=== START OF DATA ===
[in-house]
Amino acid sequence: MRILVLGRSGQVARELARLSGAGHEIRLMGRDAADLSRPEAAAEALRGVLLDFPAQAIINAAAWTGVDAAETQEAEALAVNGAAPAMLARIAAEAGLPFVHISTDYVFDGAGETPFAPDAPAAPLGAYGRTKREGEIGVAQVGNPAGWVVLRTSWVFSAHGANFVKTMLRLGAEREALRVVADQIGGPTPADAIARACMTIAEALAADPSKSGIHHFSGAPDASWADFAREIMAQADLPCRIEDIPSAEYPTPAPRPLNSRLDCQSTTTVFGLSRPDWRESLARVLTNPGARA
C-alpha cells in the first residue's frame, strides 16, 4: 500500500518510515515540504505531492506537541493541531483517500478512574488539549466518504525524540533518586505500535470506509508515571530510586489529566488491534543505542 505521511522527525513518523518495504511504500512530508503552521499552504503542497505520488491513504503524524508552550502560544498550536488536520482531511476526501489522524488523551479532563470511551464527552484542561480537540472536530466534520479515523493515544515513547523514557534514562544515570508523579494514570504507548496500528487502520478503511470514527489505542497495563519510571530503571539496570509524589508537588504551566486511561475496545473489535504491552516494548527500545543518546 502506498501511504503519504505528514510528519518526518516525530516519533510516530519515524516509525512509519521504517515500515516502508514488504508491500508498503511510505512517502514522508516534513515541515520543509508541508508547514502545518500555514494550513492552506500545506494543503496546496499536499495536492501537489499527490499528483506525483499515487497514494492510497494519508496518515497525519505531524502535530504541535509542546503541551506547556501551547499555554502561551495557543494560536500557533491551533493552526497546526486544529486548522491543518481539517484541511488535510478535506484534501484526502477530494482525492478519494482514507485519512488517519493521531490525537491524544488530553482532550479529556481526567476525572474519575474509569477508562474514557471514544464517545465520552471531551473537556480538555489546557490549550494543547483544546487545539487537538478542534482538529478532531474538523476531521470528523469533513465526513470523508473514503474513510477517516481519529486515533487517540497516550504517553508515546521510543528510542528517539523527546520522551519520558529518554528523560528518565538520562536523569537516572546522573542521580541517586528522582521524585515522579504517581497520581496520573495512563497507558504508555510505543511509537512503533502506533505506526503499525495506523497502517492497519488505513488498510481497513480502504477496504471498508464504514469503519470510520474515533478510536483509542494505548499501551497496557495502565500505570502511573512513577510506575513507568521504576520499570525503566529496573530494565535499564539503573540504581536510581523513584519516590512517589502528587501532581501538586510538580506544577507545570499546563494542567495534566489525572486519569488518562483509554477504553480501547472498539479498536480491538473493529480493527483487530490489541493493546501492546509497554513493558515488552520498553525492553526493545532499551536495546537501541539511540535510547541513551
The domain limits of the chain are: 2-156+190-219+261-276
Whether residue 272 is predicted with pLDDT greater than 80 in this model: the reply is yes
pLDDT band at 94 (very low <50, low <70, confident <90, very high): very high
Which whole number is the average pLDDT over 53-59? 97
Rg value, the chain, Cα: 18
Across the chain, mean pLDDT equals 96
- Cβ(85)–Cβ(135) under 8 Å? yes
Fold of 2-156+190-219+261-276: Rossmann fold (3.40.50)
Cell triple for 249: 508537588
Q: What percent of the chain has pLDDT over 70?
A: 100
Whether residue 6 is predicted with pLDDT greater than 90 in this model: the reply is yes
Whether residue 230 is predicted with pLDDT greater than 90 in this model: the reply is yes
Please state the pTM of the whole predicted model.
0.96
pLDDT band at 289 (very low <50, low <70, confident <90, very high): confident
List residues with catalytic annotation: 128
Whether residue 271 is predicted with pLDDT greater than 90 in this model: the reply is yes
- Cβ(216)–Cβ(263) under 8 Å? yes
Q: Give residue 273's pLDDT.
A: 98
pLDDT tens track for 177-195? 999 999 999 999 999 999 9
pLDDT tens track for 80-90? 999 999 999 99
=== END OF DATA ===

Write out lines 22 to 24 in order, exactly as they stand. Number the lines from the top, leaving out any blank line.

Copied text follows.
- Cβ(216)–Cβ(263) under 8 Å? yes
Q: Give residue 273's pLDDT.
A: 98